Get the Dirt about Coda Wines from winemaker Spencer Daley

24 Jun

CodaSpencer1. What was your first vintage year? This year is my first release, which includes 2013 reds and 2014 whites.

2. How many cases do you make per vintage? Close to 350.

3. Do you have a Tasting Room? I don’t have a tasting room, but I am always open to do barrel tastings in the cellar located in Los Olivos. Anyone can contact me at Codawines.com!

4. How did you get your start in the winemaking business? Coda Wines really started for me when I was 13. My dad planted a couple of rows of Sangiovese and Cabernet in our backyard in Camarillo, CA. By the time I was 16, I took part in my first harvest, making wine in the garage with my dad. We used trash cans for fermenters and a small italian basket press. All in all, we were making about 15-20 cases each year of Sangiovese and Cabernet. My dad still makes wine in the garage even today, to give to family and friends.

Once I turned 21, I began working at a local winery in downtown Santa Barbara, working in the cellar and in the vineyard. I fell in love with the vineyard, and began my own vineyard management company that year at age 21. In 2012, I managed 3 vineyards, about 8 acres total. By 2013, I moved to Sunstone Winery in Santa Ynez, and began my second year of vineyard management. That year, I realized I had the opportunity to make wine from the fruit I cared for, and started my first harvest in 2013 for Coda Wines at Sunstone Winery. I am now at Andrew Murray Vineyards, producing, bottling, and looking forward to my third
harvest.

5. What wine made you want to become a winemaker/start your own winery? Sangiovese and I have a long history, starting when I was 16. I think Sangio can express more complexities than people think, and it’s my goal to break the reputation the varietal carries as a “table wine”. Not to mention, tasting all these awesome Santa Barbara county Syrahs really got me excited.

codavines6. What varietals do you work with? Which varietal/wine is your favorite to make? Why? I’m working with Sauvignon Blanc, Grenache, Sangiovese, and Syrah. Although this next harvest I’m getting my hands on some Cabernet Sauvignon, in hopes to create a super Tuscan blend, along with a vineyard designated Cab. A pretty unorthodox group of varietals, I know, but I’m currently flirting with different varietals and vineyards to see what really connects with me.

7. What vineyards do you source from? Why? If estate, why did you choose the spot you’re in? The vineyards from my 2013 vintage reds are from the vineyards I managed that year, which are located in the heart of the Santa Ynez Valley. It really excited me to have the opportunity to care for the fruit from dormancy until harvest. Not only does it give me more of a connection to the wine, but it allowed me to farm the way I wanted to, with no discrepancy.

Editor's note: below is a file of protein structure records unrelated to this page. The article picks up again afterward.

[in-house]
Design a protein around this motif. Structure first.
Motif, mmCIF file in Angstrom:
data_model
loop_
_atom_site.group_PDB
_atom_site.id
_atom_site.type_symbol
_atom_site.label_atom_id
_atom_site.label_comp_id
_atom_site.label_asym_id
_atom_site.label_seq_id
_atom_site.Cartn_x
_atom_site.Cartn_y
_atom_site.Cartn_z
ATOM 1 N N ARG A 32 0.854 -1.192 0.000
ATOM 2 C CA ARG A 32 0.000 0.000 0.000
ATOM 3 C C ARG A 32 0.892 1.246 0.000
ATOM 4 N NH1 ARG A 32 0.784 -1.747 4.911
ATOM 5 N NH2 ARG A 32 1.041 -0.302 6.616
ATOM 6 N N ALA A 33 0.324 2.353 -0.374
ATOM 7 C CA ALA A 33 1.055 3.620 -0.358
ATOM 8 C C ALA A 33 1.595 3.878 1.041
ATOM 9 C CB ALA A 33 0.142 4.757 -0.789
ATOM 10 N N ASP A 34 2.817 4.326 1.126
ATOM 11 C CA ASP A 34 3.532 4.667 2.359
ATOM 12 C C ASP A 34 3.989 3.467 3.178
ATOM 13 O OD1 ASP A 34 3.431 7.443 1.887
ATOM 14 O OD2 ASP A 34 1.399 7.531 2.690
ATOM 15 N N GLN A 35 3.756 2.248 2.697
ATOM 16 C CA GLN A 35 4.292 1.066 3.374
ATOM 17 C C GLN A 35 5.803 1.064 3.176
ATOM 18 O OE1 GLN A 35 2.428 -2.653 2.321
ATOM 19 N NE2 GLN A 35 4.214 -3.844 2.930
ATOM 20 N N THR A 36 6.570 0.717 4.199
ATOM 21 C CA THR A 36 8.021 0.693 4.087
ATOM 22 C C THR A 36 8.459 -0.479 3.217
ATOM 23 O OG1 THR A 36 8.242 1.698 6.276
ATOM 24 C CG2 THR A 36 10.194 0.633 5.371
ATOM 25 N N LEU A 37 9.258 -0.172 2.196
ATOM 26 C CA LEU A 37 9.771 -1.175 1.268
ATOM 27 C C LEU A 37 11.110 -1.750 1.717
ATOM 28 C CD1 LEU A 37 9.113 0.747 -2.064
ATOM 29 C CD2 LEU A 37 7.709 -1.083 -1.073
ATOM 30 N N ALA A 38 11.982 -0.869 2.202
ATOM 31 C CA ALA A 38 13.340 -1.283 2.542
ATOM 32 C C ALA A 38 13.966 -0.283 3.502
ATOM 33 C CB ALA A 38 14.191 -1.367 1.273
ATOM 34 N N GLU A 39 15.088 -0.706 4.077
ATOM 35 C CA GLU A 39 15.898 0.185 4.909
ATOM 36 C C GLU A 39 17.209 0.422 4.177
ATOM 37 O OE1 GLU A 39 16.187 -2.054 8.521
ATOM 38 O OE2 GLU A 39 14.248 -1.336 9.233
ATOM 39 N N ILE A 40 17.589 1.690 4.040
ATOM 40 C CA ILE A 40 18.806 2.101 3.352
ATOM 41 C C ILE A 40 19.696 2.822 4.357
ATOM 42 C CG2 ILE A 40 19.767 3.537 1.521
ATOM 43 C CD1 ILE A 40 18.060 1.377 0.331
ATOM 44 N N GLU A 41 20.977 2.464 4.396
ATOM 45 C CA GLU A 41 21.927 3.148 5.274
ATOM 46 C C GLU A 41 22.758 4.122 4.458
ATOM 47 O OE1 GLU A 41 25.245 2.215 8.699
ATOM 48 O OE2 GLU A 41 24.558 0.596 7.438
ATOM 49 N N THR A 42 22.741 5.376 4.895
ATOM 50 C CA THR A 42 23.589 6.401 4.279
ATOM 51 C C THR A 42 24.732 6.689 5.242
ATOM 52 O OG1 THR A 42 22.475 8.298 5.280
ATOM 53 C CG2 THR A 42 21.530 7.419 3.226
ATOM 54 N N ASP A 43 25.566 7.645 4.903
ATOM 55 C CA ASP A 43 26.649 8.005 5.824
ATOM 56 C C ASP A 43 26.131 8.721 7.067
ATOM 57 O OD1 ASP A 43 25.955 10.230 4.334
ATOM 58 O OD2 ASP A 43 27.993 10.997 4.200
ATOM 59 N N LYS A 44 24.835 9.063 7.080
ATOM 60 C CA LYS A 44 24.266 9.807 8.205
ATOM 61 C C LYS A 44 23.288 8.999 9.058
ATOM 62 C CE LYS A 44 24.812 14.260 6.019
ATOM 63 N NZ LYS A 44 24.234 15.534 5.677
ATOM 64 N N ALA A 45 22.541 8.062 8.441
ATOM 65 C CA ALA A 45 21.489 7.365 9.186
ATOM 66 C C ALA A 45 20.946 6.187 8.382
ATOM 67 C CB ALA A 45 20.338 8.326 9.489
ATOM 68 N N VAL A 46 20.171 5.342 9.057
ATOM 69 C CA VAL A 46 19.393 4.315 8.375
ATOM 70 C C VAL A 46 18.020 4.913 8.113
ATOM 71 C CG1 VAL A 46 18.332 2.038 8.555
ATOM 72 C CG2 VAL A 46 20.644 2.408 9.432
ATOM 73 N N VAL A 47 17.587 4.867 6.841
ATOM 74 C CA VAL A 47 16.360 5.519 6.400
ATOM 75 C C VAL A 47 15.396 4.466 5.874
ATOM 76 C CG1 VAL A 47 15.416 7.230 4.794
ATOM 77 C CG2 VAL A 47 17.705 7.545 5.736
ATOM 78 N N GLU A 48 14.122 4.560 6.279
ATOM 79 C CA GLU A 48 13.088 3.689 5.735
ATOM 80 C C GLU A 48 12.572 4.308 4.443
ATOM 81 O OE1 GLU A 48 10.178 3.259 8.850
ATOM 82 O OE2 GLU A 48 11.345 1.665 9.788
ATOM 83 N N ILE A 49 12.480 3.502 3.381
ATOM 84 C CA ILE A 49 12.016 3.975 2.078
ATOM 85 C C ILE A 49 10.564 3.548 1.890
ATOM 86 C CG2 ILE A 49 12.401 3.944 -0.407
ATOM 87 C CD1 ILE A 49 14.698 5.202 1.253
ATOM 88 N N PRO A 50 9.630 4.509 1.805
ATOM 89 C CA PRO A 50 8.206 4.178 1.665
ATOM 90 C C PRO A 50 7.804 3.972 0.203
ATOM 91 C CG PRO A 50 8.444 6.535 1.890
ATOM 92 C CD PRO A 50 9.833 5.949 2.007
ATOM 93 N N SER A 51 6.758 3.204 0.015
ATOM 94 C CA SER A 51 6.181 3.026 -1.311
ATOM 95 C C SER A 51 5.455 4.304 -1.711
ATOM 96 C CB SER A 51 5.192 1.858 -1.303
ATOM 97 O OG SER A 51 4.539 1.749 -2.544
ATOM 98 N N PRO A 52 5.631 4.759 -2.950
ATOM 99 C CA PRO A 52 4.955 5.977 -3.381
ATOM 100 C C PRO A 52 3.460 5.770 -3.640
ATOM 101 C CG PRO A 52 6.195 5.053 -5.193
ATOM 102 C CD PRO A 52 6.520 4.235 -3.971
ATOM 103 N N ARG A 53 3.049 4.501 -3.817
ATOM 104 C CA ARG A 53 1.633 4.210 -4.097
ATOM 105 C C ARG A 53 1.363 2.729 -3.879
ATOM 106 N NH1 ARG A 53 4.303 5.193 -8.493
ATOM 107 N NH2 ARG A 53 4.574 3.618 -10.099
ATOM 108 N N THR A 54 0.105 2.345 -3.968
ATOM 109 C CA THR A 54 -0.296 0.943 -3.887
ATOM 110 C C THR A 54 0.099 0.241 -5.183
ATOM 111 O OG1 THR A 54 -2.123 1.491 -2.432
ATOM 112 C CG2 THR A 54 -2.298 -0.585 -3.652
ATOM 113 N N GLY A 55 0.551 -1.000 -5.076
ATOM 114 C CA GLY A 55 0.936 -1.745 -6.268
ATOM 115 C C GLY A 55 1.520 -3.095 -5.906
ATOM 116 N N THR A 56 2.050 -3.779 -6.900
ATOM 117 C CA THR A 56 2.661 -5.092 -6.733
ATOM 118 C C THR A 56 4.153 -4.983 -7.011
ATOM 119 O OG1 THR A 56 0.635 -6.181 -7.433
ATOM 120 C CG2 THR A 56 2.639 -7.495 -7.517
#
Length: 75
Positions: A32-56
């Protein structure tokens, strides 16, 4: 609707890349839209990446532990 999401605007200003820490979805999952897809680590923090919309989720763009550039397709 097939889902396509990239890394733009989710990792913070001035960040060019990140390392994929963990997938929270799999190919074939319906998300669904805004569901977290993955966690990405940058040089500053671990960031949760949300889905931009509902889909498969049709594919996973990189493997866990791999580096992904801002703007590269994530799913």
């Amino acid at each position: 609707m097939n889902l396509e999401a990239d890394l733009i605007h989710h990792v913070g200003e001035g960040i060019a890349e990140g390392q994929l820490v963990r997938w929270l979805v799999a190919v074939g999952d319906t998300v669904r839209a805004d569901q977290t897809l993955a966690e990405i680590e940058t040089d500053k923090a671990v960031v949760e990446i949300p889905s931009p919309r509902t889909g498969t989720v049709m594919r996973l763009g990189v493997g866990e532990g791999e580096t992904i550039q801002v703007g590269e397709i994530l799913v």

In 2014, I sourced Syrah from Thompson vineyard in Los Alamos, along with Grenache down the street at Alisos Vineyard. I love the Alisos Canyon road in general and the fruit coming from those vineyards. A little bit cooler climate, and ripens at a perfect rate while retaining acidity.

My Sauvignon Blanc is a vineyard blend of Curtis Vineyard and Kingsley Vineyard, and I was stoked on the combination of the two. Kingsley tends to ripen at a very slow rate, preserving the bright acidity I’m looking for in my whites. Meanwhile, Curtis tends to ripen much quicker, bringing out the tropical fruit and overall ripe characteristics. The two co-fermented together show the best of the two vineyards.

codabottle8. What type of oak treatment do you use? Why? My reds were in 59 gallon french oak barrels. The Cadence Syrah hung out in 50% new oak for about 20 months, along with 50% whole cluster, which gave some really cool and fun complexities. The Sonata Sangiovese was all neutral french oak, some pretty old barrels, to let the fruit speak for itself. Nothing too geeky, sorry guys.

9. What do you love about your winemaking region? What makes it different special? I think Santa Barbara County in general gives us lots of diversity. With the micro climates we get and range of soil types, it allows different styles to be expressed throughout the valley and county. I feel spoiled to be able to taste all different versions from such awesome winemakers.

10. What’s the story behind your name/label? Coda is representing my passion for music. The true definition is mostly associated with a phrase in a musical piece. I’ve been playing guitar, drums and bass for close to 12 years now, and have always been interested in different styles of music. I really always wanted to be a rockstar, but I knew that probably wouldn’t happen. So, when starting this label, I knew I wanted to connect my two passions somehow.

11. What’s the one thing you wish someone had told you about the wine business before you started your own winery? Get out while you can. While you’re still sane.

12. What do you love about small-lot winemaking?  It allows me to focus a little more on details and intricacies. It could be experimenting with vineyards, blends, barrels, yeast, etc. It’s the little details that matter the most to me, once the fruit’s in my hands.

13. Do you still have a day job? If so, do you mind sharing what it is? I currently work at Andrew Murray Vineyards, which is where I make wine for Coda. I help Andrew out in the cellar, and also do educational vineyard/winery tours on the weekends. Andrew has been one of the biggest influences for me, and if it wasn’t for him, Coda would not be in this position. I have the opportunity to learn from the godfather himself everyday, and he’s allowed my passion that started in my garage at 16 to reach the point of pouring at Garagiste!

To learn more about Coda Wines, please visit their website or follow them on FACEBOOK.

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